Castro’s justification of the criminal attack on the Ukrainian people lays bare the hypocrisy of his political rhetoric, which since 1959 has touted Cuba's "national sovereignty" as the cornerstone of its propaganda to inspire patriotism on the island and to portray itself as a little David confronting the American Goliath.

What defense of national sovereignty can Castro II or his subordinate Miguel Díaz-Canel claim now? In Ukraine, in 1991, 93% of the population voted in favor of the creation of a sovereign state, and finally freed themselves from the Russian yoke. We are talking here about a country that, covering 603,628 square kilometers, is the largest in Europe after Russia; and, with 44 million inhabitants, is the eighth most populated.

A pawn of Russian imperialism —but without the 30 silver coins

For Cuba this alliance with the Russian invader will mean a worsening of the socio-economic crisis due to the international sanctions that have been imposed on Moscow. Russia has already been barred from using the air space of the European Union and Canada, so it has had to suspend flights to Cuba and all Latin America. As a result, tourism from Russia, today the largest source of vacationers to the island, has plummeted: in 2021, 146,151 Russian tourists traveled to Cuba, and 68,944 from Canada, which used to be the largest source of visitors to the island.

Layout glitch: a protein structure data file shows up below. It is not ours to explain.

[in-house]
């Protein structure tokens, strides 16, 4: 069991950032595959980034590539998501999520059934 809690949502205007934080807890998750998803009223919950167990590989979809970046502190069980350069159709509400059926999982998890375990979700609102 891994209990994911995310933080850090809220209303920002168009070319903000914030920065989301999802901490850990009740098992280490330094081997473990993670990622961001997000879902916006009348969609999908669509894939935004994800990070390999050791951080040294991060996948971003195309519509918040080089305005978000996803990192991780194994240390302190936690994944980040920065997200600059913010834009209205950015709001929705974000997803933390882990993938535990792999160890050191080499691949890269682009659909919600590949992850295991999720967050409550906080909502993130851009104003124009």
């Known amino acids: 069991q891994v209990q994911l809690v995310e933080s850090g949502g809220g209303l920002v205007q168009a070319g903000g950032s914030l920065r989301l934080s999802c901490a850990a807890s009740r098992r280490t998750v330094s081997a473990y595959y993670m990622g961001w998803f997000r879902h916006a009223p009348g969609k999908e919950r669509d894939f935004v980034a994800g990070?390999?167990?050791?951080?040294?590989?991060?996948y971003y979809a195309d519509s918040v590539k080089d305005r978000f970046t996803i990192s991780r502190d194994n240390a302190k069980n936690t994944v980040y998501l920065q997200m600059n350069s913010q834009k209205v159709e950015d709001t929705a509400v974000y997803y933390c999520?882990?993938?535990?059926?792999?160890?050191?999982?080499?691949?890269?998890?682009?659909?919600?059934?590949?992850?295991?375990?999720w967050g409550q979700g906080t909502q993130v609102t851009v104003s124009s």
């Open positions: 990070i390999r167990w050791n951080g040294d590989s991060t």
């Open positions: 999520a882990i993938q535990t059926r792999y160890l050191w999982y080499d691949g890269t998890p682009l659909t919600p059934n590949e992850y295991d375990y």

In other words, this time Castroism is not even going to receive the 30 silver coins that Judas did in the Bible for betraying Christ. For 31 years (1960-1991) Moscow used Cuba as a Soviet beachhead for subversive political-ideological proselytization in the Americas, and snubbed Washington up close. In exchange, however, it maintained the dictatorship economically and militarily with subsidies, oil and free armament worth no less than 150 billion dollars today.  

Now, however, Czar Vladimir I will not be giving Cuba anything in return, because he neither can nor wants to. To make matters even worse, the international sanctions against Russia will hit it very hard. J.P. Morgan analysts are already saying that the Russian economy will shrink by 20% in the second quarter compared to the first. The ruble has been devalued by 30% against the dollar and the Euro. stock markets have plummeted, so have oil exports, and investors are fleeing Russia.

This will affect Cuba not only in terms of tourism, but also as regards loans and collaboration for industry and transportation. Russia is not giving it any free weapons either; to modernize Castro's obsolete armament, post-Soviet Russia has only given Cuba a 50-million-dollar loan to buy (nothing for free) Russian arms, but a single Mig-35 plane costs more than 40 million.